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The American Petroleum Institute (API) reported a crude oil inventory draw of 6.024 million barrels for the week ending July 25, compared to analyst expectations of a much smaller, 1.818-million barrel draw.
The inventory draw this week compares to last week’s massive draw of 10.961 million barrels in what was the largest inventory draw this year, according to the API. A day later, the EIA confirmed an inventory drawdown of 10.8 million barrels.
After today’s inventory move, the net result is a draw for the year at -4.83 million barrels for the 31-week reporting period so far, using API data.
Oil prices were trading up on Tuesday on expectations of a Fed rate cut and escalating tensions in the Persian Gulf as Iran and Russia sign an MoU to conduct drills in the Gulf and as the US and the UK seek to buddy up to ensure safe travels through the area. Weakening demand growth is capping gains.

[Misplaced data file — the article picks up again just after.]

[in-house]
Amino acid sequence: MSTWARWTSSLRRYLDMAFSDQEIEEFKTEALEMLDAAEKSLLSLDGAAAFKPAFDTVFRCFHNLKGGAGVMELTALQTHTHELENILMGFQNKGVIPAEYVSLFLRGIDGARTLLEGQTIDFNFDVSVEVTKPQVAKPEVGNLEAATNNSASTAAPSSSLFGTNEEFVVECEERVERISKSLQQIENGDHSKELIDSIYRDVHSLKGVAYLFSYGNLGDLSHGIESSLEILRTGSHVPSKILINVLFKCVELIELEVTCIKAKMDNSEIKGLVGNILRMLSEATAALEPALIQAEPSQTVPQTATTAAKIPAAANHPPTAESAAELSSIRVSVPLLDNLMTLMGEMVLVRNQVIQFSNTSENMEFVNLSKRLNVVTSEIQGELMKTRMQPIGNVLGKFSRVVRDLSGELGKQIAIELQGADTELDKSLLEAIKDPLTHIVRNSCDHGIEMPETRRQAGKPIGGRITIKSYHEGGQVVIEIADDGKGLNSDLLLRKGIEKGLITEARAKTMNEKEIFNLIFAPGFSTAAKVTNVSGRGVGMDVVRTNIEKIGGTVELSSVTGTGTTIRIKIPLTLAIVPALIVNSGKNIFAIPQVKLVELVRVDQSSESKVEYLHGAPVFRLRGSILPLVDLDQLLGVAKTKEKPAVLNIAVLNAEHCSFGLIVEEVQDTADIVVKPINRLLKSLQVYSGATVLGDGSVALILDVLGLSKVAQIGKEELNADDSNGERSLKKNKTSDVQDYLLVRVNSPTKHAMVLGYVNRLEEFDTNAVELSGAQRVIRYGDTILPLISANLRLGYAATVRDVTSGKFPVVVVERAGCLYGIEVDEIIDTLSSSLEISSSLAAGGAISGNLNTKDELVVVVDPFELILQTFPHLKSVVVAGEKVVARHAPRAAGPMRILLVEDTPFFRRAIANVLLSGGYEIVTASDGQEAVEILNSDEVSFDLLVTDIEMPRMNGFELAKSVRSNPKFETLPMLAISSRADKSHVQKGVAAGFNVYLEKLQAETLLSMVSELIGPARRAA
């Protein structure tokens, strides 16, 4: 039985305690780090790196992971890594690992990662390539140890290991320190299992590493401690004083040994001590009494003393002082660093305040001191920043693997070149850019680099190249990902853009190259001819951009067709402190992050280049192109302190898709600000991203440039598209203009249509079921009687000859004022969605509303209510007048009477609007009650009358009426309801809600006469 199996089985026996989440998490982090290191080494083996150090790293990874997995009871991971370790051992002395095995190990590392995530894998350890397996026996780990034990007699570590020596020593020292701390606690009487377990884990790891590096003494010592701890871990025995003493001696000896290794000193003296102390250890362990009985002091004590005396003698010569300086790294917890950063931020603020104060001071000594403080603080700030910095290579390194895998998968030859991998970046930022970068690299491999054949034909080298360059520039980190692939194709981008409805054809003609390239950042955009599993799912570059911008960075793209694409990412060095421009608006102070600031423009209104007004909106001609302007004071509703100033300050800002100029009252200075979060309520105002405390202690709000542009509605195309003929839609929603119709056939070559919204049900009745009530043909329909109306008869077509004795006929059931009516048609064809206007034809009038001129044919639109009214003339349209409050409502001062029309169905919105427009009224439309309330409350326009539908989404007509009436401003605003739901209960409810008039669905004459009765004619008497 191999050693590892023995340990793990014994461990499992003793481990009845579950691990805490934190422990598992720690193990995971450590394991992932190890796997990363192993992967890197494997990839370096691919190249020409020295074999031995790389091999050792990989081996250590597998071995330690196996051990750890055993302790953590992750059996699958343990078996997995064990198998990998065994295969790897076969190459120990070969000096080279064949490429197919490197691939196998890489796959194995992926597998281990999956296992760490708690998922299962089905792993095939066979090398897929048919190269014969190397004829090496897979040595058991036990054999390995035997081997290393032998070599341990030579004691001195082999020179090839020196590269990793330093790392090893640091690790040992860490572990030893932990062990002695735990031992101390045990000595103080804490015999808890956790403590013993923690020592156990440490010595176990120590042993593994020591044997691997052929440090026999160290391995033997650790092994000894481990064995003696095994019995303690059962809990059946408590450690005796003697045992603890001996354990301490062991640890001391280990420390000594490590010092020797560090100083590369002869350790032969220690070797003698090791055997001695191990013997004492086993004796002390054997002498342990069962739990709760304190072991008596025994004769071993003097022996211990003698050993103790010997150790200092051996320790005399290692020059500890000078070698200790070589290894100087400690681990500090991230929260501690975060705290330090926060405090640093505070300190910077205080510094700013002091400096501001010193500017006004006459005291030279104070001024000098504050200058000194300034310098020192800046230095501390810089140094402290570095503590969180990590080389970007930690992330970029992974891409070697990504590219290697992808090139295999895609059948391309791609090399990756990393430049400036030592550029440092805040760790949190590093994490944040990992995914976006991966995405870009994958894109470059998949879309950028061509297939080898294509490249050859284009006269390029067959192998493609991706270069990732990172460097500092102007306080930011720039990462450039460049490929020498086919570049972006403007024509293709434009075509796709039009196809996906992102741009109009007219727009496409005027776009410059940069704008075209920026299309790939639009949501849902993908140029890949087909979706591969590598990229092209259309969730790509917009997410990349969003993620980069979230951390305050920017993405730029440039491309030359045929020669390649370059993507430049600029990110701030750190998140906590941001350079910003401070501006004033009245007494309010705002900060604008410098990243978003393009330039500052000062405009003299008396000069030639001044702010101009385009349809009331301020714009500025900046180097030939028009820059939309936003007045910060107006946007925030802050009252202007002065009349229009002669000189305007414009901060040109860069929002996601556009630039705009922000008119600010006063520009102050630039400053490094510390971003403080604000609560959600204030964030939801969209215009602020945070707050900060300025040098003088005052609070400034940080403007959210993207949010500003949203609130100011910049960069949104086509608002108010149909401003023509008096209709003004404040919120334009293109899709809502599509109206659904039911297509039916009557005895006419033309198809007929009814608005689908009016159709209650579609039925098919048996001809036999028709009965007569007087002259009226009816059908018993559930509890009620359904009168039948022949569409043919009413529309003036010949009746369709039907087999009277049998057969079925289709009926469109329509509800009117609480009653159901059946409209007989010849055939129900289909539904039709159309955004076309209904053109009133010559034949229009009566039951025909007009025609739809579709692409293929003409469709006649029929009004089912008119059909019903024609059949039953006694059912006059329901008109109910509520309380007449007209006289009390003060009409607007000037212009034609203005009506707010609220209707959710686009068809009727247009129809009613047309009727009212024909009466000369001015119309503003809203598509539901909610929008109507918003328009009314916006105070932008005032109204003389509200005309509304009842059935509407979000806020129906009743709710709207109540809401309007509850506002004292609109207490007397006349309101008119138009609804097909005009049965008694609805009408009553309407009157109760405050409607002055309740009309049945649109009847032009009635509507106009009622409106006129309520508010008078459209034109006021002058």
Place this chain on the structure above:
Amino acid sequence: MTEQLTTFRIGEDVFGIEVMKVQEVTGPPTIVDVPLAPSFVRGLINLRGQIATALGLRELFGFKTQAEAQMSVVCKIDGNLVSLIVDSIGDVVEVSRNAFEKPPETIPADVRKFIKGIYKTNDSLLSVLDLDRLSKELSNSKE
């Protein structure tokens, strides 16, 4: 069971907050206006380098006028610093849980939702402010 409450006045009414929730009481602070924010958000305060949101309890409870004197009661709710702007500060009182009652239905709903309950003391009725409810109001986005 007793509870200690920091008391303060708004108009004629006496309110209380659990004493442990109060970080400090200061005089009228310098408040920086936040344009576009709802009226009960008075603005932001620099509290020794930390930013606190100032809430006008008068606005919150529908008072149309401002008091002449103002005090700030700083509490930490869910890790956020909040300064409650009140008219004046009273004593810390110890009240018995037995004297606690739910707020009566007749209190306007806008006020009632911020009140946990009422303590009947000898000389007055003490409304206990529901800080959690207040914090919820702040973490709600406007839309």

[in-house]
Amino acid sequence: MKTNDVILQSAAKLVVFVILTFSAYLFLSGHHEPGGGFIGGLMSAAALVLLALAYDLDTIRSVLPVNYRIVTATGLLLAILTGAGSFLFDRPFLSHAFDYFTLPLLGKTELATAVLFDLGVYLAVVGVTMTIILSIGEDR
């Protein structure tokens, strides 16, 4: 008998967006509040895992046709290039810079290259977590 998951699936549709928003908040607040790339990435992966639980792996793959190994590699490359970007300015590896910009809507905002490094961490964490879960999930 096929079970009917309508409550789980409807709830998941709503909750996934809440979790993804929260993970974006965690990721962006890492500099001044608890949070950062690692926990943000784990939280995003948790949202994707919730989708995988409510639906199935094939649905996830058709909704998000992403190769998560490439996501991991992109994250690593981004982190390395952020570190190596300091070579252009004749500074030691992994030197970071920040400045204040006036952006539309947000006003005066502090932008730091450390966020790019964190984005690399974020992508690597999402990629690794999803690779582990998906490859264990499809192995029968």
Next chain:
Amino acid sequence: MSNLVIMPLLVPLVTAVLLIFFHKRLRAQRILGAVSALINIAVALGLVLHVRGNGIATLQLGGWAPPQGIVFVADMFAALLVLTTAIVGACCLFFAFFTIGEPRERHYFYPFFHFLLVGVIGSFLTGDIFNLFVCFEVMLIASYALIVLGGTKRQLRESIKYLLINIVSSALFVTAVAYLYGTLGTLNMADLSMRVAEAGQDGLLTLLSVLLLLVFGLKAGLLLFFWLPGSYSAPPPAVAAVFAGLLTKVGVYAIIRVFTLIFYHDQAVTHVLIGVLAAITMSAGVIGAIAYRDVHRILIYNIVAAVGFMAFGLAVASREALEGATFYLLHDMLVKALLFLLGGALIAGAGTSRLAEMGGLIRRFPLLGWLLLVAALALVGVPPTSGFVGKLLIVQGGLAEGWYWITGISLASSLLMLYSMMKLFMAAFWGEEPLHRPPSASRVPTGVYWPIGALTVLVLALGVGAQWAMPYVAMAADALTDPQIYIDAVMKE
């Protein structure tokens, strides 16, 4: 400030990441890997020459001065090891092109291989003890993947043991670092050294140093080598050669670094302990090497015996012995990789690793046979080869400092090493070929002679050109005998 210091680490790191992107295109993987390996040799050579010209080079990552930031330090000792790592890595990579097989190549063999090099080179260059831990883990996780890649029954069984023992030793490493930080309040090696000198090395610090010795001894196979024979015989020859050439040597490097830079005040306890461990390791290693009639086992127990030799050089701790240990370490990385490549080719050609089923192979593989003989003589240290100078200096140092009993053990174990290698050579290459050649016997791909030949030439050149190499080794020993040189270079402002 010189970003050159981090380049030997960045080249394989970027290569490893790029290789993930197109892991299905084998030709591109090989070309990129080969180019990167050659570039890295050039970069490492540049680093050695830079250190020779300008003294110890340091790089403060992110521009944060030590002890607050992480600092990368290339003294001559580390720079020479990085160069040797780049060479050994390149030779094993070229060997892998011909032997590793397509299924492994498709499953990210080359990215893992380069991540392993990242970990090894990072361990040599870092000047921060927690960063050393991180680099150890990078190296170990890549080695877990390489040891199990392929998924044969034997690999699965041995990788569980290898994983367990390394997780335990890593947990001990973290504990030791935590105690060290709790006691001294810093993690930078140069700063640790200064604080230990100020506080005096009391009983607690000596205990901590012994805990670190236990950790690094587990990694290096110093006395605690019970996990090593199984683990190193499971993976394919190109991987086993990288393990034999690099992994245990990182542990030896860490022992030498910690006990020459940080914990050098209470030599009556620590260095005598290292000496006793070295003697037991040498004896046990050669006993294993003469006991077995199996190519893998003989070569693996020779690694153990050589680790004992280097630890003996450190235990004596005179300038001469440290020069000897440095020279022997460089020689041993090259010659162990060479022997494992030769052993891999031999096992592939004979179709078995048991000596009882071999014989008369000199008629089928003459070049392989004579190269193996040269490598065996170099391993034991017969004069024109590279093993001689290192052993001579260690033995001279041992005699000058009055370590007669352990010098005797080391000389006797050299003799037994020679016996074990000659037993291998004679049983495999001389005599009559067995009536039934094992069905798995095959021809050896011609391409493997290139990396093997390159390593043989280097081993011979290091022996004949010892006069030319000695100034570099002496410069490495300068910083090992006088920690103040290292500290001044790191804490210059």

At 11:38am EST, WTI was trading up by $0.38 (+0.67%) at $57.25—roughly $.50 above last week’s spot price. Brent was trading up $0.51 (+0.80%) at $64.13—less than a $0.50 increase.
The API this week reported a 3.135-barrel draw in gasoline inventories for week ending July 25. Analysts predicted a draw in gasoline inventories of 1.449-million barrels for the week.
Distillate inventories fell by 890,000 barrels for the week, while inventories at Cushing fell by 1.4494-million barrels.
US crude oil production as estimated by the Energy Information Administration showed that production for the week ending July 18 fell sharply this week to 11.3 million bpd, 1.1-million bpd off the all-time high hit earlier this year.
The U.S. Energy Information Administration report on crude oil inventories is due to be released at its regularly scheduled time on Wednesday at 10:30a.m. EST.
By 4:41pm EST, WTI was trading at $58.25 while Brent traded at $64.88.
By Julianne Geiger for Oilprice.com
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Julianne Geiger is a veteran editor, writer and researcher for Oilprice.com, and a member of the Creative Professionals Networking Group.